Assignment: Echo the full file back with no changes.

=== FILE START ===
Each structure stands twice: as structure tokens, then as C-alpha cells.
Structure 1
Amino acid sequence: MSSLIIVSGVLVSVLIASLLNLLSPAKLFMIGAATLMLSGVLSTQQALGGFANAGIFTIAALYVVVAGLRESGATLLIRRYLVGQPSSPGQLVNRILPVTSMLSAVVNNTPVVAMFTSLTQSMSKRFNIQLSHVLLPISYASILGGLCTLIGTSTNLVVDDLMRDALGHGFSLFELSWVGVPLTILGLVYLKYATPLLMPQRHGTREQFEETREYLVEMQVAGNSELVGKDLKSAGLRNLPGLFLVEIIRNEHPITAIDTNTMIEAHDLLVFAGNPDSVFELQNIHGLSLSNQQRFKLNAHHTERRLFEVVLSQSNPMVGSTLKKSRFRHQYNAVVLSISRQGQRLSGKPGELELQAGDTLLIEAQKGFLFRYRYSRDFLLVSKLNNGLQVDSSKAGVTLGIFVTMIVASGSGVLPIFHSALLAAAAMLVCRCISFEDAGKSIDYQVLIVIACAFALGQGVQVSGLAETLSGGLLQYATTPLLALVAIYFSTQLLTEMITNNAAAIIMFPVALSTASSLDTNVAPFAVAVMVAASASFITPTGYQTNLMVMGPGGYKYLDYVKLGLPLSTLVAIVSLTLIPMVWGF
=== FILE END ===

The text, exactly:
Each structure stands twice: as structure tokens, then as C-alpha cells.
Structure 1
Amino acid sequence: MSSLIIVSGVLVSVLIASLLNLLSPAKLFMIGAATLMLSGVLSTQQALGGFANAGIFTIAALYVVVAGLRESGATLLIRRYLVGQPSSPGQLVNRILPVTSMLSAVVNNTPVVAMFTSLTQSMSKRFNIQLSHVLLPISYASILGGLCTLIGTSTNLVVDDLMRDALGHGFSLFELSWVGVPLTILGLVYLKYATPLLMPQRHGTREQFEETREYLVEMQVAGNSELVGKDLKSAGLRNLPGLFLVEIIRNEHPITAIDTNTMIEAHDLLVFAGNPDSVFELQNIHGLSLSNQQRFKLNAHHTERRLFEVVLSQSNPMVGSTLKKSRFRHQYNAVVLSISRQGQRLSGKPGELELQAGDTLLIEAQKGFLFRYRYSRDFLLVSKLNNGLQVDSSKAGVTLGIFVTMIVASGSGVLPIFHSALLAAAAMLVCRCISFEDAGKSIDYQVLIVIACAFALGQGVQVSGLAETLSGGLLQYATTPLLALVAIYFSTQLLTEMITNNAAAIIMFPVALSTASSLDTNVAPFAVAVMVAASASFITPTGYQTNLMVMGPGGYKYLDYVKLGLPLSTLVAIVSLTLIPMVWGF